How can Obama sell America’s global growth plan to other countries? By demonstrating that each country will achieve its own objectives only through a higher level of global trade and growth. To achieve its own aim of expanding its middle class and cutting poverty, China has to raise consumer spending and allow its people to import the brands they want. To take 500 million people out of poverty, India has to open its markets so that its poor can benefit from lower-cost goods and services. And Europe’s only hope of salvation from a decade of high unemployment is to export its way to growth.
Confidence in the future will breed confidence today. An America that is confident it can sell its goods abroad to pay for consumption at home—and an Asia that is confident it has a market for its products and can transform the poor of today into the middle class of tomorrow—will set in motion a virtuous self-reinforcing cycle of investment, trade, and growth.
I accept that this strategy is not an easy one. After all, making the world’s high-value-added goods will demand an up-skilling of America’s middle class and calls for U.S. public and private sectors to frontload investment in education technology and infrastructure. And a global growth pact will require America to agree to common global financial standards that can prevent future financial crises.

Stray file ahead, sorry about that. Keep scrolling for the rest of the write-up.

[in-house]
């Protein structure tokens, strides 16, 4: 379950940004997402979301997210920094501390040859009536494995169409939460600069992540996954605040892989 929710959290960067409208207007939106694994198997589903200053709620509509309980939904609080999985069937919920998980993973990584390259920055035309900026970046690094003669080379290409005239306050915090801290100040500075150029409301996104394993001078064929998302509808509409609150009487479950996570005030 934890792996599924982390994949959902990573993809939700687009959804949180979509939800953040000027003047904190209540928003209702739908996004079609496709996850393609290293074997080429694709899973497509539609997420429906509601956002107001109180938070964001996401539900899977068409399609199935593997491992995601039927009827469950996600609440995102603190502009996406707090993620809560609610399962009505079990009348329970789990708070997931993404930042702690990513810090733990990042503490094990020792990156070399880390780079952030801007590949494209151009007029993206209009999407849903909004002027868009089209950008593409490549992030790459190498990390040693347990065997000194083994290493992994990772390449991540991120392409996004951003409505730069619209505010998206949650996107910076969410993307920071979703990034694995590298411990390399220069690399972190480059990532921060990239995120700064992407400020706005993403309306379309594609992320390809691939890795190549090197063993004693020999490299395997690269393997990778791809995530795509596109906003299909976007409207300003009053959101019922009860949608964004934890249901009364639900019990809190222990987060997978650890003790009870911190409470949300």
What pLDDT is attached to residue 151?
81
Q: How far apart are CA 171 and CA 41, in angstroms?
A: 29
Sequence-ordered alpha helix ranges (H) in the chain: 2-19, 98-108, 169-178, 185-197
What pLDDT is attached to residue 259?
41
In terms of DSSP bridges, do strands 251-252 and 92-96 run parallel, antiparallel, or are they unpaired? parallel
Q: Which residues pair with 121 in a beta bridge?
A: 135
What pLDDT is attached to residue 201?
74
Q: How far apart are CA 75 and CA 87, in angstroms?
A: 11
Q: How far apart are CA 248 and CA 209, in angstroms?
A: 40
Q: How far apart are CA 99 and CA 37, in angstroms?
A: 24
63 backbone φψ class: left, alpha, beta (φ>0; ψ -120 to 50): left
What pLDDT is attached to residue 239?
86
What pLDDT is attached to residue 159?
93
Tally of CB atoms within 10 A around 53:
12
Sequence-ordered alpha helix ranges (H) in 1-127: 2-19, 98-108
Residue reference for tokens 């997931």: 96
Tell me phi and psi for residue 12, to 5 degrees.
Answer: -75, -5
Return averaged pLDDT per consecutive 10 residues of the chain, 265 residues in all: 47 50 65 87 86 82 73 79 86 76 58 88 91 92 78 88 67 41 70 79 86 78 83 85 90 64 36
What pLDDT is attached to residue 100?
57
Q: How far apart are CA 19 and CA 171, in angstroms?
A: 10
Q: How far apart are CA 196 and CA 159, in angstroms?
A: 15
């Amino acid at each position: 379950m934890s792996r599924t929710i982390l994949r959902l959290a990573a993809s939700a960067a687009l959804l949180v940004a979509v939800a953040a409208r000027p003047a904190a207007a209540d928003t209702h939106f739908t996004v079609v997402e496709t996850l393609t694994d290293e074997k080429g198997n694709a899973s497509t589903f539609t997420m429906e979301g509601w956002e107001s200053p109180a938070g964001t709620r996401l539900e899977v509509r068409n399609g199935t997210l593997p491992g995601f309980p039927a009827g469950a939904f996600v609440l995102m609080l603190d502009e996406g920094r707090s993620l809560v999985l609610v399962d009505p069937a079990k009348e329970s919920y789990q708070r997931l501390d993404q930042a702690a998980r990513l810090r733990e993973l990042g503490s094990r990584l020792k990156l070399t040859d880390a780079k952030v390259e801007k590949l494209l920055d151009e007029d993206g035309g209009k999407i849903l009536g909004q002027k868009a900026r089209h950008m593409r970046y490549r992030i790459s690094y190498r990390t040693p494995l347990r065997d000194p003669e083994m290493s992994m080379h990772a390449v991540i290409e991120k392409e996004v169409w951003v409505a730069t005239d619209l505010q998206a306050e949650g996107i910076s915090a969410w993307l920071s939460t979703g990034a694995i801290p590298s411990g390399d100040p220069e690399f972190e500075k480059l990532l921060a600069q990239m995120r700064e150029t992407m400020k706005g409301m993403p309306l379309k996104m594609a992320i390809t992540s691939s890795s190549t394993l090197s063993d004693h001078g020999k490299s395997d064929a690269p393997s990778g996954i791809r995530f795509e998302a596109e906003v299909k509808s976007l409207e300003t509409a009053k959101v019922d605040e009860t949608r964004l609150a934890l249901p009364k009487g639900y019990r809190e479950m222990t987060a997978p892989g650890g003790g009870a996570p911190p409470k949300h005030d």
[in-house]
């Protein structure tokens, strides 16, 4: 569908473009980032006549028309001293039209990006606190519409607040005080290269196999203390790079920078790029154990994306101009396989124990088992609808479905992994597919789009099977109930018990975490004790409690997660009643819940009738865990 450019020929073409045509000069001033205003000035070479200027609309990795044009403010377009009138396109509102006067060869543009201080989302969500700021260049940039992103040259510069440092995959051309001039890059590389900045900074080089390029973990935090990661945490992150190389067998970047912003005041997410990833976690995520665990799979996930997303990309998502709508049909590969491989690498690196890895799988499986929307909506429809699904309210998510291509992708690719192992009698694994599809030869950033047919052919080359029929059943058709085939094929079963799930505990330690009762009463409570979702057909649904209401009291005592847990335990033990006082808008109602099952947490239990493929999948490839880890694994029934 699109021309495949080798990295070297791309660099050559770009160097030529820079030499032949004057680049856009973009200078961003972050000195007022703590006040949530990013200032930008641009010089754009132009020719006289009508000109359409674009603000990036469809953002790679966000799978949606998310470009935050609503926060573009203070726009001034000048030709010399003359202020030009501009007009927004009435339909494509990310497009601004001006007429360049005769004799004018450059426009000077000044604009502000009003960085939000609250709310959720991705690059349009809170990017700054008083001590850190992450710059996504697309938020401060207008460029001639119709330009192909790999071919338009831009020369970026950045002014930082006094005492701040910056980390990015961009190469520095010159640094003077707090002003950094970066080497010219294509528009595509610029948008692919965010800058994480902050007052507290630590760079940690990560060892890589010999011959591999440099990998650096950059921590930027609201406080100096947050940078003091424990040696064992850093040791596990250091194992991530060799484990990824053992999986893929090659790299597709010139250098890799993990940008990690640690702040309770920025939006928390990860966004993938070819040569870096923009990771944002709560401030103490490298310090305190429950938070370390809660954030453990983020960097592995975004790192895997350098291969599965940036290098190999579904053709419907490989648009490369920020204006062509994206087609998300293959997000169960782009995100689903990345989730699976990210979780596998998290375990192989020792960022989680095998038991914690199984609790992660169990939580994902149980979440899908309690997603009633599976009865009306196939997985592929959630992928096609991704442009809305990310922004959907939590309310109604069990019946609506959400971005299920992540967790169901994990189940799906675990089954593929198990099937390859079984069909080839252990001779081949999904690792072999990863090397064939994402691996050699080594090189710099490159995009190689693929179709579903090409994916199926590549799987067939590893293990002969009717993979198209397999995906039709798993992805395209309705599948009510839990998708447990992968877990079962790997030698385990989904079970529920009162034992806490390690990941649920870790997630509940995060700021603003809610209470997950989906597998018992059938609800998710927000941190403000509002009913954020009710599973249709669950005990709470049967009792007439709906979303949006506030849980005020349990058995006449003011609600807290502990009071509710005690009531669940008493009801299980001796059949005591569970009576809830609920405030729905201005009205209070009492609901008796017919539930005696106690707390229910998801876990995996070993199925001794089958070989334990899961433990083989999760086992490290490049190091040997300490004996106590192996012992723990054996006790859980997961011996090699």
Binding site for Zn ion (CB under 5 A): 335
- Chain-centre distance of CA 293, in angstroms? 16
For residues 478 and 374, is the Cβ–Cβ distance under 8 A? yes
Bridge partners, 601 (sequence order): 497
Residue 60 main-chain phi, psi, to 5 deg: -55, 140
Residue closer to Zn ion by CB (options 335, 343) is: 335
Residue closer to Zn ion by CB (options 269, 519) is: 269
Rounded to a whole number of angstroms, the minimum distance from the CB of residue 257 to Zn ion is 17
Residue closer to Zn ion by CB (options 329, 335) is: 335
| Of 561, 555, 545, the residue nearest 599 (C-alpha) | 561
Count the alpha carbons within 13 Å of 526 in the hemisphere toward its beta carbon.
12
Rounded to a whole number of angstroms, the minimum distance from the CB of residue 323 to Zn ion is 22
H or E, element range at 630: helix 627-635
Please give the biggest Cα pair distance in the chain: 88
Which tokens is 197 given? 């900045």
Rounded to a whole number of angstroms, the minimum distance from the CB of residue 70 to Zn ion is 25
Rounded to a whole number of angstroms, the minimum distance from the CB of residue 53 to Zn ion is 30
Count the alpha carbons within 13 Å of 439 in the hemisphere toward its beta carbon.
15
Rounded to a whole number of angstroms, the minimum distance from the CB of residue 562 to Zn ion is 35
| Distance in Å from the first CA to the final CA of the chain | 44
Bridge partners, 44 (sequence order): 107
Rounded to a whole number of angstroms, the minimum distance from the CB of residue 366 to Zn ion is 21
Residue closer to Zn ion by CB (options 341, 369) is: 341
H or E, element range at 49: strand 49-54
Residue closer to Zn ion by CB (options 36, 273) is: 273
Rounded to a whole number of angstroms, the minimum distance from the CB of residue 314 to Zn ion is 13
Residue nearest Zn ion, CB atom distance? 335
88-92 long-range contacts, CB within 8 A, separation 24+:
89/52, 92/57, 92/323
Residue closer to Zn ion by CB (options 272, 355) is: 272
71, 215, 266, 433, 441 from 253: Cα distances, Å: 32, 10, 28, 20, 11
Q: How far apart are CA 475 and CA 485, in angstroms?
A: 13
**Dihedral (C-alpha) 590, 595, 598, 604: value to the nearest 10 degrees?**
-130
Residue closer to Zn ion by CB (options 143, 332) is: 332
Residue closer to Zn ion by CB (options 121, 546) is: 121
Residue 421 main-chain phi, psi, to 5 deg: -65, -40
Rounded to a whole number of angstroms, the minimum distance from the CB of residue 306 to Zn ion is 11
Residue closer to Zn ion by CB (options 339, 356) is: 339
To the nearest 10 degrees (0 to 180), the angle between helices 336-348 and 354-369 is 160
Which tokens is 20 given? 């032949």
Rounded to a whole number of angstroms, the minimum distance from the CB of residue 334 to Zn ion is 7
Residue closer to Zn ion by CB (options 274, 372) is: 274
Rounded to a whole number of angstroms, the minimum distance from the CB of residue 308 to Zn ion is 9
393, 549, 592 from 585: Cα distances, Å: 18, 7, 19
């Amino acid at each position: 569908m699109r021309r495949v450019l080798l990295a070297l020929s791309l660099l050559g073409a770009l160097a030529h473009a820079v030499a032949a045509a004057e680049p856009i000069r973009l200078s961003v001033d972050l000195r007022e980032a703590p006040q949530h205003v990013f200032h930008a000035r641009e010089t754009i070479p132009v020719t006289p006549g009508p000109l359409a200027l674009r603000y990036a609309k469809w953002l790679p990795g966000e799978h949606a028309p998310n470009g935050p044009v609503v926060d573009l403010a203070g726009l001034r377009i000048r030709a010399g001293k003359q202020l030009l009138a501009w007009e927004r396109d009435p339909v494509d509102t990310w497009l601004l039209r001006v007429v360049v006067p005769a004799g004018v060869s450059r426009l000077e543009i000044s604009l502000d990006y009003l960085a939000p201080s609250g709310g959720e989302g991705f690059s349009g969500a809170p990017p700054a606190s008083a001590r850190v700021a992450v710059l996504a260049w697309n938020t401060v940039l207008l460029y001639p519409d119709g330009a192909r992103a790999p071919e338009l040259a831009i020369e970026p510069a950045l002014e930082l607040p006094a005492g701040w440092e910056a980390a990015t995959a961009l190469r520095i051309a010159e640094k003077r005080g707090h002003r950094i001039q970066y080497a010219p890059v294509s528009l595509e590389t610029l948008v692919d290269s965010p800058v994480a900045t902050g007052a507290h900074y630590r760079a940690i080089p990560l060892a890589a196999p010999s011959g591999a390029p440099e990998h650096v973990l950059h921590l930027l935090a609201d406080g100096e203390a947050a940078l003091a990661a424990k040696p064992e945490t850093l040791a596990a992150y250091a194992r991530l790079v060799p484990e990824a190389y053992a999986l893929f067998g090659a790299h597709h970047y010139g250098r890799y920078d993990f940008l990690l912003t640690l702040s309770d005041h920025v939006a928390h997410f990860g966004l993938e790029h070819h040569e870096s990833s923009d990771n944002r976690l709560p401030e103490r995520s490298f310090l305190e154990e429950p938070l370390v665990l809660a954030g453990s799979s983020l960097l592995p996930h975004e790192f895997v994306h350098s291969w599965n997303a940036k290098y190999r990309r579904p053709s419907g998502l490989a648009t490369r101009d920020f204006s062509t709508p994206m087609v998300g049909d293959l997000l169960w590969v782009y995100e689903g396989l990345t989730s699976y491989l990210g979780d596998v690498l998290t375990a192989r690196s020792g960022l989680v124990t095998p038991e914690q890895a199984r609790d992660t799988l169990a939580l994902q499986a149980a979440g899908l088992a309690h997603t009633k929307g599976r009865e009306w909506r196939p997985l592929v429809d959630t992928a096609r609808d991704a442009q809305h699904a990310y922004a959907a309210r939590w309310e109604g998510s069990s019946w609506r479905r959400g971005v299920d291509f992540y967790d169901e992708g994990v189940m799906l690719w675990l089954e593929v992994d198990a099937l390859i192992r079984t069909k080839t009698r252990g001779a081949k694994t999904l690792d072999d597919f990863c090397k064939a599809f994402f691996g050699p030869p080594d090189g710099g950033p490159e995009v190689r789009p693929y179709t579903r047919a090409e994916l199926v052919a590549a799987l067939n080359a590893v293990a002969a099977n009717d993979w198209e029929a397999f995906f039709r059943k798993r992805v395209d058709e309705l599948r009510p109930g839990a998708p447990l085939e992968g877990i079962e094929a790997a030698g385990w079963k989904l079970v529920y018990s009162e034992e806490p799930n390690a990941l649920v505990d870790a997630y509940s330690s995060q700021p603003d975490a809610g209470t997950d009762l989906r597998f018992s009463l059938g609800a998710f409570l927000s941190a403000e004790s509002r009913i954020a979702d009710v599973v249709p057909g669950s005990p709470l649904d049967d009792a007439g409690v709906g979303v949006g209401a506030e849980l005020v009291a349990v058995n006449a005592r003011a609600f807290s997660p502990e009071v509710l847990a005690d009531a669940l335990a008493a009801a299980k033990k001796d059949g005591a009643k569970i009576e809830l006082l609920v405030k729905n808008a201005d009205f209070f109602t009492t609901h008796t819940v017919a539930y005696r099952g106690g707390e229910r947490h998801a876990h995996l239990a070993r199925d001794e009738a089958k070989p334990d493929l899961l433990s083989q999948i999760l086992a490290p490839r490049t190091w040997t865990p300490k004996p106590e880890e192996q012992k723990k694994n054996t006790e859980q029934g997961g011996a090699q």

But the rewards over the long term are simply too important for the U.S. to walk away. Today’s booming Chinese market for Apple’s iPad is a timely example of how America can exploit worldwide demand for its brands: with each iPad sale, only $4 of profit go to its Asian manufacturers, while $80 go to its American (and British) designers. Add to that companies like Georgia Chopsticks, which is using U.S. wood to manufacture 2 million chopsticks a day for export to restaurants in Asia. Then there is the potential for American innovation to lead the worldwide growth in green technologies. And when I asked the International Monetary Fund to assess the global growth plan, they forecast 3 percent higher growth, with 25 to 50 million extra jobs, millions of them in the West.
Domestically, meanwhile, President Obama remains vulnerable, fighting opponents who ruthlessly exploit the politics of fear. He is already up against the same political fallout that I and British Labour suffered. From now until Election Day, the president’s opponents will frame his position as “burdening our children with debt.” Indeed, so adept have those on the right been at playing the politics of fear, on all continents, that even in Australia—a country with virtually no debt—the incumbent Labour government lost its majority when it was faced with a conservative onslaught about deficits.
Two thirds of a century ago, after the greatest of depressions and the worst of wars, General Marshall rejected the politics of fear for the economics of hope, and the Marshall Plan pioneered a global program that framed the new world order. It repaid itself many times over, doubling global trade and putting America’s flagging postwar economy on course for its most successful era ever. Now, with the same vision and by accepting that a global new deal is the only way forward, an America reborn can lead again.
Former British prime minister Brown is the author of Beyond the Crash: Overcoming the First Crisis of Globalization.